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Will postponement of Palestinian elections affect the EU-Palestinian Authority relationship ?

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According to Kobi Michael, senior researcher at the Institute for National Security Studies (INSS) in Tel Aviv, the Europeans and the Biden administration do not understand all the complexities which are related to the Palestinian arena.” - writes Yossi LEMPKOWICZ

The decision to postpone the planned Palestinian elections, including the legislative elections originally scheduled for 22 May, is deeply disappointing,’’ stated EU foreign affairs chief Josep Borrell on Friday.

His statement followed the decision of Palestinian Authority Chairman Mahmoud Abbas to  postpone indefinitely the election for the 138-member Palestinian Legislative Council, the first in 15 years, a decision that, political analysts say, may affect the EU-PA relationship.  The EU is the PA main financial donor.

‘’The EU has consistently expressed its support for credible, inclusive and transparent elections for all Palestinians,’’ added Borrell.

‘’We firmly believe that strong, inclusive, accountable and functioning democratic Palestinian institutions based on respect for the rule of law and human rights are vital for the Palestinian people, for democratic legitimacy and, ultimately, for the two-state solution,’’ he said.

‘’We strongly encourage all Palestinian actors to resume efforts to build on the successful talks between the factions over recent months. A new date for elections should be set without delay,’’ he added.

‘’We reiterate our call on Israel to facilitate the holding of such elections across all of the Palestinian territory, including in East Jerusalem,’’ Borrell said.

‘’The EU continues to stand ready to work with all those involved to facilitate EU observation of any electoral process.’’

Abbas declared that the decision to postpone the elections, schedule for May 22,’’came after the failure of all international efforts to persuade Israel to allow the inclusion of Jerusalem in the elections.’’ ‘’The elections will not be held without East Jerusalem,’’ he said.

There is widespread belief among the Palestinians and the international community that the issue of voting for the Palestinians in East Jerusalem was only a pretext used by Mahmoud Abbas to avoid elections which would endanger his legitimacy already eroded by internal divisions within Fatah and the probable win of Hamas, the Islamist movement ruling in the Gaza Strip.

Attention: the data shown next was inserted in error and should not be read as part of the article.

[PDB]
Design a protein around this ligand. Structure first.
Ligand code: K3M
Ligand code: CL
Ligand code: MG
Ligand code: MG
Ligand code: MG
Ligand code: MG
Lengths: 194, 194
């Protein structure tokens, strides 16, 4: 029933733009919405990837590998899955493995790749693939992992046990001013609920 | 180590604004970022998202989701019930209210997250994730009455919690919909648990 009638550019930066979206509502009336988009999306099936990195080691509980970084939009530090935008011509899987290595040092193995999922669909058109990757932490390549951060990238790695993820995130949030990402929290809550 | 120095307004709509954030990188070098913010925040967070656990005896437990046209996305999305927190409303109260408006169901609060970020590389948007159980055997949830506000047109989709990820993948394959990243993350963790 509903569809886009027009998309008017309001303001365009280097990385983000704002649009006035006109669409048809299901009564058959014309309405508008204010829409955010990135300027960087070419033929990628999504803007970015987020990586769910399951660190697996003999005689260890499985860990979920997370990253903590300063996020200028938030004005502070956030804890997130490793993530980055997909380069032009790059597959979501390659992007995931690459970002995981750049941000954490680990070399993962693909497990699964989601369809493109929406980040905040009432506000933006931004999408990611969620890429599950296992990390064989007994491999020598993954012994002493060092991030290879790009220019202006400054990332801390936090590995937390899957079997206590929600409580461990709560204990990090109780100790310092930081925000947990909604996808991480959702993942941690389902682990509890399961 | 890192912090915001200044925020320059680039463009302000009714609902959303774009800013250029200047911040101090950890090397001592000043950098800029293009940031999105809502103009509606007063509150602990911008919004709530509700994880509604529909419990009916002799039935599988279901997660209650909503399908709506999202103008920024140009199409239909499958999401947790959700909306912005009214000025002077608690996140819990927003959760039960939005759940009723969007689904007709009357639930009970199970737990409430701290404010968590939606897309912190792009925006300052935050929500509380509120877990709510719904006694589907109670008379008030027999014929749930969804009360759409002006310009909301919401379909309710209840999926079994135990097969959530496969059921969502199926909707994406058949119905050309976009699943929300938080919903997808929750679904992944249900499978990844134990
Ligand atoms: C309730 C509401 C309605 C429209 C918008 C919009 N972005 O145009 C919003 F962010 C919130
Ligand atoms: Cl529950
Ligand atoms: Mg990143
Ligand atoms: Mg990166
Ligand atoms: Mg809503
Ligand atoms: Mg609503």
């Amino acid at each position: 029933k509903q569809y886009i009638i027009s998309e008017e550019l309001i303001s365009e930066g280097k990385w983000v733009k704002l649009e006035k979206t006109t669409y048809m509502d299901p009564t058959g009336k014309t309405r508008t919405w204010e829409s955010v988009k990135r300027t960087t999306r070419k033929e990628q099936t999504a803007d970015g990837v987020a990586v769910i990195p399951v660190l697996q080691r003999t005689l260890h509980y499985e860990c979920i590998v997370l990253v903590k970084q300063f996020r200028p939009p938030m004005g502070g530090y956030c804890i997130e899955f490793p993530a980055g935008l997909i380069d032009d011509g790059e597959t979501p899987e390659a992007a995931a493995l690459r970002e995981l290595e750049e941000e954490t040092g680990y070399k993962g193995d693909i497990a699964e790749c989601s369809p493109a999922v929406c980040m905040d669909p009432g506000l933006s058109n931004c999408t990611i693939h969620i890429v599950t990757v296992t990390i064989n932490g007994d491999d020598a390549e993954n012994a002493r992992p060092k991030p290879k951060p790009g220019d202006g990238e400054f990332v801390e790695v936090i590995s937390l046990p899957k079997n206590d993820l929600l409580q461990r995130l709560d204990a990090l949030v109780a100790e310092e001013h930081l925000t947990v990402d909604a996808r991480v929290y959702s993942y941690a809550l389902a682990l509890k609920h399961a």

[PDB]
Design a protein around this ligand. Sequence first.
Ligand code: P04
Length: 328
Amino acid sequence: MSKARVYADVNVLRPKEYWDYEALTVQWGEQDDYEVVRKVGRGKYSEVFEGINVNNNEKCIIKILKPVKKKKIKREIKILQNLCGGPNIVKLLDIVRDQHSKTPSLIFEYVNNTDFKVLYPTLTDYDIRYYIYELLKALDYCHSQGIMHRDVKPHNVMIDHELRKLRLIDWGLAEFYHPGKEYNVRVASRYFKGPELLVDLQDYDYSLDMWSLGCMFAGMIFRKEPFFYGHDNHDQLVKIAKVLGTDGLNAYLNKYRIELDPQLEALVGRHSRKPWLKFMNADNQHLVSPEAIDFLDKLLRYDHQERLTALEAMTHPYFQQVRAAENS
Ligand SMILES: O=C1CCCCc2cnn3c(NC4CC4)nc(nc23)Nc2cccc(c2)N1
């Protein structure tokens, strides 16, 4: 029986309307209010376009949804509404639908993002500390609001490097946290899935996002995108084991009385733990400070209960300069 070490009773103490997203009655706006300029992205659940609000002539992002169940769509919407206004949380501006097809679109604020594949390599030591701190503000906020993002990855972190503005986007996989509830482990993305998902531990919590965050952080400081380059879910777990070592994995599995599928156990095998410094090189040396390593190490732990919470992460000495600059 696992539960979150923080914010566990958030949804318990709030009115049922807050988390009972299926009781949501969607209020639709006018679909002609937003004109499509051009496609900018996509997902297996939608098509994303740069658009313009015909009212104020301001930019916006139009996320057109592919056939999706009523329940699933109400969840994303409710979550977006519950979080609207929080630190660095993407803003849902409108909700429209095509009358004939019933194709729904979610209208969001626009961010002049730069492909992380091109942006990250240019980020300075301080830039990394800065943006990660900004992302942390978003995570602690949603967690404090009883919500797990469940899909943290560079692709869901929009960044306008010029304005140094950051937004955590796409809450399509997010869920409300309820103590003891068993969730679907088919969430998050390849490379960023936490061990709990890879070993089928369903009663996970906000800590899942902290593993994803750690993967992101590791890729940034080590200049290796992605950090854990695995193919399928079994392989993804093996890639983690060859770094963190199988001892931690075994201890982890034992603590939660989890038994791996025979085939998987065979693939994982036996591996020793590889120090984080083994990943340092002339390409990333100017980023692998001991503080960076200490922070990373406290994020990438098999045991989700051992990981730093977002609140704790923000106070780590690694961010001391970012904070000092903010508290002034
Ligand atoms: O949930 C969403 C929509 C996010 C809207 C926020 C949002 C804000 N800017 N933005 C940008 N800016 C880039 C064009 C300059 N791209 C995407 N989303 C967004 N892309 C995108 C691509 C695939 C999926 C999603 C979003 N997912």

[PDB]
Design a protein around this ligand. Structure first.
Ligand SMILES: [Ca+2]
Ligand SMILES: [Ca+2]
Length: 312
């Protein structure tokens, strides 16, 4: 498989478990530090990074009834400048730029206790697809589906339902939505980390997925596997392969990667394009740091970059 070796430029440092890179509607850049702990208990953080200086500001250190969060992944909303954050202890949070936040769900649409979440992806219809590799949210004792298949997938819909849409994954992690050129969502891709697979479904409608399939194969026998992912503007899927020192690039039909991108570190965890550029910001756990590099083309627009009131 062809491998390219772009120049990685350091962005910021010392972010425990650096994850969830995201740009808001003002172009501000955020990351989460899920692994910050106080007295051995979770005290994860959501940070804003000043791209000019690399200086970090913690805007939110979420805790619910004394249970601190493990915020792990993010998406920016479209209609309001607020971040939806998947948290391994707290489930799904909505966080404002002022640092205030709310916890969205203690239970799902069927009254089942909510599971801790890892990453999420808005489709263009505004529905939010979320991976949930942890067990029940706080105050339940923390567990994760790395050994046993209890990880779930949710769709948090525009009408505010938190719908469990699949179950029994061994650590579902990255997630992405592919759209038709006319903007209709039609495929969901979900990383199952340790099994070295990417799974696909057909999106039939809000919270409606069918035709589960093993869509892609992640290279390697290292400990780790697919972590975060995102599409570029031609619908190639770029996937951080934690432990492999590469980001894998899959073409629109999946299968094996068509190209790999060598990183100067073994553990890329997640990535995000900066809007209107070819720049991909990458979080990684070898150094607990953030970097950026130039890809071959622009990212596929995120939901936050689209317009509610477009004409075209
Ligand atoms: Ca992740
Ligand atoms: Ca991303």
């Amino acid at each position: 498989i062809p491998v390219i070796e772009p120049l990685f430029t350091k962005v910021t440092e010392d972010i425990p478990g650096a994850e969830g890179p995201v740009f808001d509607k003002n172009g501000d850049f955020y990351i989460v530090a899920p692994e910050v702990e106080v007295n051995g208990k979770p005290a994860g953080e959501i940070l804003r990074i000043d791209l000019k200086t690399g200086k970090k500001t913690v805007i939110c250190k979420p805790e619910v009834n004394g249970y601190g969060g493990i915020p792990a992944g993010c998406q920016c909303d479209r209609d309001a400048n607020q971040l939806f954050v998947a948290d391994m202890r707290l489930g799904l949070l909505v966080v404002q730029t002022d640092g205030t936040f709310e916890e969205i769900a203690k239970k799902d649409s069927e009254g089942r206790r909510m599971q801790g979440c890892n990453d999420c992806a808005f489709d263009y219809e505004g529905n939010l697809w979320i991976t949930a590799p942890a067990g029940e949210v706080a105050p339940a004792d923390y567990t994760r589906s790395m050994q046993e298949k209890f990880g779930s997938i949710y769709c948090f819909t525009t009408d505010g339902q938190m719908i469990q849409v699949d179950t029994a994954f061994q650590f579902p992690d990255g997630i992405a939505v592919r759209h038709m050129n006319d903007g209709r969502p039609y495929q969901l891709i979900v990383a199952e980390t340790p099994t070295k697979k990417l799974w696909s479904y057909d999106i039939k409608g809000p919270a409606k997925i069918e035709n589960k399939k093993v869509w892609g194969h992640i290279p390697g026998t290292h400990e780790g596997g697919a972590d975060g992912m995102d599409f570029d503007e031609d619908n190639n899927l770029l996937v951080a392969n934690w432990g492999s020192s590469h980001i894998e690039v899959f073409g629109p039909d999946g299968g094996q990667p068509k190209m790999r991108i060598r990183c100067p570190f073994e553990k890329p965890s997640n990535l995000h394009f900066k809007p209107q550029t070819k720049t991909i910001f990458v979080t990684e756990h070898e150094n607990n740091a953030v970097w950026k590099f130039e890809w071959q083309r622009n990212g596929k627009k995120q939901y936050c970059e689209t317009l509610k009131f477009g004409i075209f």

‘’The issue of East Jerusalem provided the justification for the PA’s decision to postpone the elections,’’ said Ghait Al-Omarin, a senior fellow at the Washington Institute for Near East Policy and a former foreign policy advisor to Mahmoud Abbas.

‘’Abbas has never been clear on the reasons and urgency of these elections,’’ he explained during a briefing for journalists organised by Europe Israel Press Association (EIPA). ‘’The situation is such that Fatah would end at the third or furth position in these elections.’’ Beside legislative elections, a presidential election was also originally scheduled in July.

While Abbas charged that his postponement decision was linked to the fact that elections could not be held in East Jerusalem, Israel’s foreign ministry’s political director Alon Bar met lasy week with 13 ambassadors from European Union countries and urged them not to heed claims of Israeli interference in the election made by officials close to Abbas.

“During the meeting, Alon Bar emphasized to the ambassadors that the elections in the Palestinian Authority are an internal Palestinian issue, and that Israel has no intention of intervening in them nor preventing them,” said a statement issued by the Israeli foreign ministry.

A request by the Palestinians, sent to Israel, had asked that 6,300 East Jerusalem residents be permitted to vote in the election at local post offices. Israel has not responded to the demand but in former elections in 1996, 2001 and 2006, Israel allowed the participation of East Jerusalem residents.

During the meeting with the European diplomats, Alon Bar reminded of the EU mission’s remarks to the U.N. Security Council last week particularly the importance of meeting the ‘’Quartet Principles’’, and the problematic nature of the terrorist organization Hamas’ participation in the Palestinian Authority elections.